“We host five 'Know Before You Go' avalanche seminars throughout the winter, (which) are free, open to the public, 1-1.5 hr presentations that convey the basics of avalanche safety. They are excellent introductions for new backcountry users or refreshers for experienced users’, she says. Certification courses are also available through professional educators like those from Timberline Mountain Guides, Oregon Ski Guides, and 3 Sisters Backcountry. One positive element from an increase in users, is having increased educational opportunities. Roy says, “we recently hosted the inaugural Bend Snow & Avalanche Workshop in November which brought 280 snow enthusiasts together to soak up the expertise and wisdom of 13 speakers from around the country touching on topics from decision making to human factors to snow science”.


Check the COAC website at www.coavalanche.org for the latest snow observations before heading into the backcountry. As the snowpack can change from day to day, its imperative to know what conditions await. For example, slab avalanches account for nearly all the avalanche related deaths in North America.  Hartz reminds us that “wind plays an enormous role in our local snowpack.  Although we are a Maritime climate, where dangerous conditions happen quickly then drop off, (dangers such as) cornices and storm slabs can combine with persistent weak layers in the snowpack, lead(ing) to very dangerous conditions.”


GET OUT THERE Skiing, riding and sledding in the backcountry is an awesome experience. With the right gear, knowledge and plan, one can experience snow-sports in a seemingly endless amount of real estate. Hartz reminds us that because slope like Tumalo Mountain are so close, “lots of new people are exposed to the sport here, but tend not to give the area as much respect as they should. The East Face bowl of Tumalo is classic avalanche terrain. There have been several partial burials there, and all have been lucky enough not to have a (tragic) ending”. Giving us one last piece of advice, Pete Keane says, “just because there are dangers, doesn’t mean all terrain is dangerous. Understand the dangers, specifically, how angle and shape of the slope, combine for potential danger. Using terrain observations to keep safe is the best starting point for (new travelers). Then add knowledge about snowpack and snow science through an avalanche course.”]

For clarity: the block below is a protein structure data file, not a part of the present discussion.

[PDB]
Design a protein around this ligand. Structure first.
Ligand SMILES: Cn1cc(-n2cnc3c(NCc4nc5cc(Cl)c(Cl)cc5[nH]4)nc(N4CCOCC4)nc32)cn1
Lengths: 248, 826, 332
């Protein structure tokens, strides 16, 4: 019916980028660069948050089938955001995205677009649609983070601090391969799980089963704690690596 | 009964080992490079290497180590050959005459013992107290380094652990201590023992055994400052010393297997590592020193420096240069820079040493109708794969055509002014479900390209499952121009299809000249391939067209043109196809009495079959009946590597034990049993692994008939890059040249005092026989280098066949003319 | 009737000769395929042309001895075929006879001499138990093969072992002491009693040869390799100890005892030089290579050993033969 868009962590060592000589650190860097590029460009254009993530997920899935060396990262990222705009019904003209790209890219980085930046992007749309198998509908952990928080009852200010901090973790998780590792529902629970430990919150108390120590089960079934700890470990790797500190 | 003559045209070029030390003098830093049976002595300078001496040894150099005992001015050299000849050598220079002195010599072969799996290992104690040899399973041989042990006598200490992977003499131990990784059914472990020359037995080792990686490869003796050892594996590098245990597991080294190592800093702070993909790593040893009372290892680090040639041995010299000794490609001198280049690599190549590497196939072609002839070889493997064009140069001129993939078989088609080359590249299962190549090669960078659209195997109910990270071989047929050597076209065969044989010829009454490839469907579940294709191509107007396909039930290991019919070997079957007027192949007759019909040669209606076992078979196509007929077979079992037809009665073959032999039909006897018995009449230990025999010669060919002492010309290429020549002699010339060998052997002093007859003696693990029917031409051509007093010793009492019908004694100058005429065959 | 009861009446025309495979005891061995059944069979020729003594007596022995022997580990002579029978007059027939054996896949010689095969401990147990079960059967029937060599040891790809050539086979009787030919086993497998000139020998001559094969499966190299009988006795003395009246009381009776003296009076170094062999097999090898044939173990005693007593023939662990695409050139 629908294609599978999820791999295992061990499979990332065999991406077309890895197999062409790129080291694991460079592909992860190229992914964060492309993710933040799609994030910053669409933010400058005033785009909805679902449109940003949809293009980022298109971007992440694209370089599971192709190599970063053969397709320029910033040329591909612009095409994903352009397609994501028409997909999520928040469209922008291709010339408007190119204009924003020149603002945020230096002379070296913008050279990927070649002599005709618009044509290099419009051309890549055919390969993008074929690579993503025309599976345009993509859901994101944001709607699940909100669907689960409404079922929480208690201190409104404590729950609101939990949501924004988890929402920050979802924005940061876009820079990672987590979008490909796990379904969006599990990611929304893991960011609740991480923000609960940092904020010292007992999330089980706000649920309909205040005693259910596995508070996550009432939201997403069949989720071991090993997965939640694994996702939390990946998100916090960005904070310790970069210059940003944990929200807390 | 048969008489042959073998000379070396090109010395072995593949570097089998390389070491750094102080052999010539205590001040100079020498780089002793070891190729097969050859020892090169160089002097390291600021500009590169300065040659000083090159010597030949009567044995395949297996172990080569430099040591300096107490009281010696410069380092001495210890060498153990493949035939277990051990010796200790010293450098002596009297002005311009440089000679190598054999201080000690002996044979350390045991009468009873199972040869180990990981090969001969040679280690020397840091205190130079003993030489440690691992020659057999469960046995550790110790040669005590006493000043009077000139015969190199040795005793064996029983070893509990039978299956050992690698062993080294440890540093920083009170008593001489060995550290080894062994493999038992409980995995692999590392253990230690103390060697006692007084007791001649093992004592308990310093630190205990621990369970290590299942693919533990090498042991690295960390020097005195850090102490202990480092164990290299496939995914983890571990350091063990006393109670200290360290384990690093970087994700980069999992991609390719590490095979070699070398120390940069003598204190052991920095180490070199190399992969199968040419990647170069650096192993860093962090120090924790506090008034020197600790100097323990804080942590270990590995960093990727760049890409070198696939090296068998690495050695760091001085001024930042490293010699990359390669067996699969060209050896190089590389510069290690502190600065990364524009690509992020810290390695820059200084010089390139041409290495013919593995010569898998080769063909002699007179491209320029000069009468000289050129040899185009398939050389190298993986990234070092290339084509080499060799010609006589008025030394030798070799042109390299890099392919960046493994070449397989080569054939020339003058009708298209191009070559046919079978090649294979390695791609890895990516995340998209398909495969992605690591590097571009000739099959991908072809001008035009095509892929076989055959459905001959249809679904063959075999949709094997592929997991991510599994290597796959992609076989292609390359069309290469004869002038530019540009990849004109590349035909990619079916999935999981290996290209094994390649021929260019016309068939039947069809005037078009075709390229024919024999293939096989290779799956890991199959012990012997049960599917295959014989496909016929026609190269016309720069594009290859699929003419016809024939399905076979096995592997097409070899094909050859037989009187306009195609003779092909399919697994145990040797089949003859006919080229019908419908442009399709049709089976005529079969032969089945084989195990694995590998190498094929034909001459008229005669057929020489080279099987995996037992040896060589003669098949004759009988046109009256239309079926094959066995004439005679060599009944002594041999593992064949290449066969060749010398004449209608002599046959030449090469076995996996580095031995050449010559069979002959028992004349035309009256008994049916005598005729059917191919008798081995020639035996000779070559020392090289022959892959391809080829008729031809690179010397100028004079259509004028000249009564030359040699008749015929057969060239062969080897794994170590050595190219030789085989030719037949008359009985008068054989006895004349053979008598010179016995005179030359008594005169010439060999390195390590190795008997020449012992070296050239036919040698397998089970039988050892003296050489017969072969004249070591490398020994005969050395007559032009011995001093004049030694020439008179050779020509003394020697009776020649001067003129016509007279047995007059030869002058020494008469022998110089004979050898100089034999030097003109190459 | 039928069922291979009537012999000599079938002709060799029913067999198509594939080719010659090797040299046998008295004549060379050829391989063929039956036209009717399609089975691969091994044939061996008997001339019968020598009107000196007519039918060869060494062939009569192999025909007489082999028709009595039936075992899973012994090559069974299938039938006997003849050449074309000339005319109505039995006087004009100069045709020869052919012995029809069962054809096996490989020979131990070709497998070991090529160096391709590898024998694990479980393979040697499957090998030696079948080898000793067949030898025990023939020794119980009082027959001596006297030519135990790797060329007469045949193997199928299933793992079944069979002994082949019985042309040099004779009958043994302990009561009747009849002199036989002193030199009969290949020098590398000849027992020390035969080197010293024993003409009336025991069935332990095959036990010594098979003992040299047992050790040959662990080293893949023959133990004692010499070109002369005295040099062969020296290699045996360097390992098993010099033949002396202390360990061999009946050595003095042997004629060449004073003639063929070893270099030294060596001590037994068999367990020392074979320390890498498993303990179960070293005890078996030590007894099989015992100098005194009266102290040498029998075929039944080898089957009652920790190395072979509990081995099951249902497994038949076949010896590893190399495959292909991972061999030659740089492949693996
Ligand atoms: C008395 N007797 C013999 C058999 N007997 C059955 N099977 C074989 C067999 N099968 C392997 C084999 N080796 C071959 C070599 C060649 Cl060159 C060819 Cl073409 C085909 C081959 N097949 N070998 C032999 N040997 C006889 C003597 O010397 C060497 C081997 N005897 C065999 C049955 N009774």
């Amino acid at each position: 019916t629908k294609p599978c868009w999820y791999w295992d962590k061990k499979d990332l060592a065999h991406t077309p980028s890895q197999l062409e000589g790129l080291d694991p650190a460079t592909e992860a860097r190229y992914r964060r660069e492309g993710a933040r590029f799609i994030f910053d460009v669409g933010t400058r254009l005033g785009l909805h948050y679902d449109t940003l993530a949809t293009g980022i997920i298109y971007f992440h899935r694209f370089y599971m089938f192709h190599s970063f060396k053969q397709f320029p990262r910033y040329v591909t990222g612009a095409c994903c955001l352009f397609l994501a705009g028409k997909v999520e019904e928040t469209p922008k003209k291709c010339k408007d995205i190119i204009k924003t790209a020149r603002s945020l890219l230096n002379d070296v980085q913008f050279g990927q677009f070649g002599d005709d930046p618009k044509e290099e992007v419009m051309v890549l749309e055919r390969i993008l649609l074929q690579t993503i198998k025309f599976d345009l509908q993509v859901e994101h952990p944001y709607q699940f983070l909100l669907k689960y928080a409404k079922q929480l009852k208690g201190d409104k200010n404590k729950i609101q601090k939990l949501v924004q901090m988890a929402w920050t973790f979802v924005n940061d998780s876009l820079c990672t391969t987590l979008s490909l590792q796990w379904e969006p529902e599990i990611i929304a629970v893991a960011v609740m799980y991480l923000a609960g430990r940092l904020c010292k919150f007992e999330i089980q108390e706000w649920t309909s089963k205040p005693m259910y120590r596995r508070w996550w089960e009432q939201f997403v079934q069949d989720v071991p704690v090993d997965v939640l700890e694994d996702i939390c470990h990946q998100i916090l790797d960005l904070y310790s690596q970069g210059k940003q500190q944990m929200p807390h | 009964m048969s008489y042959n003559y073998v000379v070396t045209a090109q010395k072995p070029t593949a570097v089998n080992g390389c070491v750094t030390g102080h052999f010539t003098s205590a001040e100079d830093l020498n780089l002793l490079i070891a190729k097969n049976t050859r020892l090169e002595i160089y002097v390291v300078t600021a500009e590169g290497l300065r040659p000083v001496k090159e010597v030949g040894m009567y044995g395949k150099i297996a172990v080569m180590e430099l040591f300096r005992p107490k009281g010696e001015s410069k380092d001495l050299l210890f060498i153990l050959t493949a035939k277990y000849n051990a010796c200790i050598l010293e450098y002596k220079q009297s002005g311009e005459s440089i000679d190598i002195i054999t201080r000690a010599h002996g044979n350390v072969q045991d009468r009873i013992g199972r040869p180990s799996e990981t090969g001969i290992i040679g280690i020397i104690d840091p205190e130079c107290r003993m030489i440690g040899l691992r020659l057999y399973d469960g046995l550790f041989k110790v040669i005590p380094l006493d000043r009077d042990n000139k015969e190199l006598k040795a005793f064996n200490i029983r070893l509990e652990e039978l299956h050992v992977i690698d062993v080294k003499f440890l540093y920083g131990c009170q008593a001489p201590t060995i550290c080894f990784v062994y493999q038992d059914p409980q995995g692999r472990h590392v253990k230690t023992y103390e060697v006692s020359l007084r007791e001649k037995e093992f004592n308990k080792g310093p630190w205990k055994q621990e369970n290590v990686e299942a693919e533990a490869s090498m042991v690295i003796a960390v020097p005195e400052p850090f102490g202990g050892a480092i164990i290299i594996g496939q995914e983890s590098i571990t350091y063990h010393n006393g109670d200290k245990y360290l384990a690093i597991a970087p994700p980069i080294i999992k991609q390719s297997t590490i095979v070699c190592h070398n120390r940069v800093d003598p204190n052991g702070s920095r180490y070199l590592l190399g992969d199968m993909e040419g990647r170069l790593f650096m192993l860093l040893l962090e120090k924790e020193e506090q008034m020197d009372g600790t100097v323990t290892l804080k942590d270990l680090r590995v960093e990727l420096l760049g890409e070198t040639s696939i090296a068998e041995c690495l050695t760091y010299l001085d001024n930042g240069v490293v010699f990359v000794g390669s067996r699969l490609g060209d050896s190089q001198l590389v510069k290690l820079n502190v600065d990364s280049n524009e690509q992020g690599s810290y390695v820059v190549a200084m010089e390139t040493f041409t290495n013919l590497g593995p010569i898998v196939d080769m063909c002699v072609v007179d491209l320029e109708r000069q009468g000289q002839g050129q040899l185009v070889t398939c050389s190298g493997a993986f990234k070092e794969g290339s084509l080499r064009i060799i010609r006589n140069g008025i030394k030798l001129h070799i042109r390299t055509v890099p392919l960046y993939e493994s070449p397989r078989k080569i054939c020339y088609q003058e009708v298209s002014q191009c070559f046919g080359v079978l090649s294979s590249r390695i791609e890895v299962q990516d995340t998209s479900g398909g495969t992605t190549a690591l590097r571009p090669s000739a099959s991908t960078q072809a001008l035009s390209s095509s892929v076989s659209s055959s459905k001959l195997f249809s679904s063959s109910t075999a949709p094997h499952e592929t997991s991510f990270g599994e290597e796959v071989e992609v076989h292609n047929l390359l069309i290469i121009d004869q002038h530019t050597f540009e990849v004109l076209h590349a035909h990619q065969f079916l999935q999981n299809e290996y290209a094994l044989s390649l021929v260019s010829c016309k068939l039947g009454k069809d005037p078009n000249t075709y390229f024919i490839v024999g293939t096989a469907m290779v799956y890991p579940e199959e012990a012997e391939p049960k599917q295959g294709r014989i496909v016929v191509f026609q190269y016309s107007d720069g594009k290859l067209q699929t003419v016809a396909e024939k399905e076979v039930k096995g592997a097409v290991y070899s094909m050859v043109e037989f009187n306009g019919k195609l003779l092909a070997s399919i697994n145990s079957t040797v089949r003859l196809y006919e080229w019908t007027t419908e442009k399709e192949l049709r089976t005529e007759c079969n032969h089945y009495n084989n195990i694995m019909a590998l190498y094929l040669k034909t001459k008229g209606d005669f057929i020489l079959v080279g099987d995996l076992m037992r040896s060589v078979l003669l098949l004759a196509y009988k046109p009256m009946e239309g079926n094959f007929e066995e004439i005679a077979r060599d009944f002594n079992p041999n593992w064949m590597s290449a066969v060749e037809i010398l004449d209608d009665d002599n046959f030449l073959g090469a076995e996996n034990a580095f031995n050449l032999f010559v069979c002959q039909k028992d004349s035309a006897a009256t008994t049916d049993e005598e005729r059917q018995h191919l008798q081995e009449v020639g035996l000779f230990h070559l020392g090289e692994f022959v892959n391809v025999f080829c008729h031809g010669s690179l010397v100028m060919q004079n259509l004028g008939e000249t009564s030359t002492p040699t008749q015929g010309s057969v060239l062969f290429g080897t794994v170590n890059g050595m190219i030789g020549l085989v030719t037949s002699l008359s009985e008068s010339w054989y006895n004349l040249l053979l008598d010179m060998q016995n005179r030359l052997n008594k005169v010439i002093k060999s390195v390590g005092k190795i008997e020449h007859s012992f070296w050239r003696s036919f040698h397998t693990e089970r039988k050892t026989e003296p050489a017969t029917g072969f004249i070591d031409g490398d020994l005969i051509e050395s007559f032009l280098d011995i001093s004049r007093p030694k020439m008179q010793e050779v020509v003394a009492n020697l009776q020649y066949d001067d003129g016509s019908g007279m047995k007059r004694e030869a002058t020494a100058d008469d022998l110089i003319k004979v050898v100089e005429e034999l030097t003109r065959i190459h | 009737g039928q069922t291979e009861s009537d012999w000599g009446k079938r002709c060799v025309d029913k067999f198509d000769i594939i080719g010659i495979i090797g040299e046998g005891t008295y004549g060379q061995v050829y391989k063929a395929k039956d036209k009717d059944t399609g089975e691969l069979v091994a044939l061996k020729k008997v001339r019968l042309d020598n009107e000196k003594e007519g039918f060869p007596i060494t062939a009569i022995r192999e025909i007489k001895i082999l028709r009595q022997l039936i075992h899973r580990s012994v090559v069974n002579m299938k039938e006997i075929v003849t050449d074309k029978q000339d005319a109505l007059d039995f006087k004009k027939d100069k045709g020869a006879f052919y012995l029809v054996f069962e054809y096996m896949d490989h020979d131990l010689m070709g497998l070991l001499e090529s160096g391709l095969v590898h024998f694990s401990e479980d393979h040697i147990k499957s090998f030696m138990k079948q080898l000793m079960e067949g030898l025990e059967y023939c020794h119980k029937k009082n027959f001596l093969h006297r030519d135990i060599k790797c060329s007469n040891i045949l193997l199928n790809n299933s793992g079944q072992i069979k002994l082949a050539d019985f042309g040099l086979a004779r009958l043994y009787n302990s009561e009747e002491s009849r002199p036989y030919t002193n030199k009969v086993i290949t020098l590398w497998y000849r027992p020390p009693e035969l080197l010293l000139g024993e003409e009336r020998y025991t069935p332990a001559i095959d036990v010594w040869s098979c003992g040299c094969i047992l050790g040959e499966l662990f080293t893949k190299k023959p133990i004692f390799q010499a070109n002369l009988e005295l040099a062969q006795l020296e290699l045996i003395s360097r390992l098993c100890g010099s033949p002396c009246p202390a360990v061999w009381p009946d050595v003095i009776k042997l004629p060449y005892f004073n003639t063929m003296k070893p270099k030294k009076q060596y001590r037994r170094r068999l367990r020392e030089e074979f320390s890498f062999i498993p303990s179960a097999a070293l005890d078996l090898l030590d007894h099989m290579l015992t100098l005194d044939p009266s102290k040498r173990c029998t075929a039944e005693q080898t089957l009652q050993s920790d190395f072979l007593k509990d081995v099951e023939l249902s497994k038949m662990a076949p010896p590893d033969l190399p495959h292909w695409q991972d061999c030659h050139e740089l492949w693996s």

5 RED FLAGS is a system that uses simple visual clues to evaluate whether avalanche conditions exist.


90% of human triggered avalanches happen during or within 24 hours after a storm. Give storm snow the utmost respect and assume high to extreme avy danger within 24 hours after a storm. Follow this rule and you will eliminate your risk of getting caught in an avalanche by 90%.


If you see signs of natural avalanches (crown lines, debris) this is a sign that avy danger should be taken very seriously. Take extra precaution if the natural avalanches have occurred at a similar elevation and on the same aspect as the slope you want to ride.


If you feel the slope collapse under your feet or hear whomping sounds this is a sign of unstable layers in the snowpack. Cracks may also shoot out from your skis or board as you skin or ride in fresh snow. These are all signs of dangerous snow layers.


No matter the starting temperature, any rapid warm up is dangerous because the snowpack does not have time to adjust to the temperature change. Take extra precaution on the first warm day after a storm cycle.


If the wind is strong enough to transport snow then the avalanche conditions can change from stable to dangerous without any new snow. Watch for blowing snow on high ridges and beware of wind loaded pockets at the top of faces and chutes.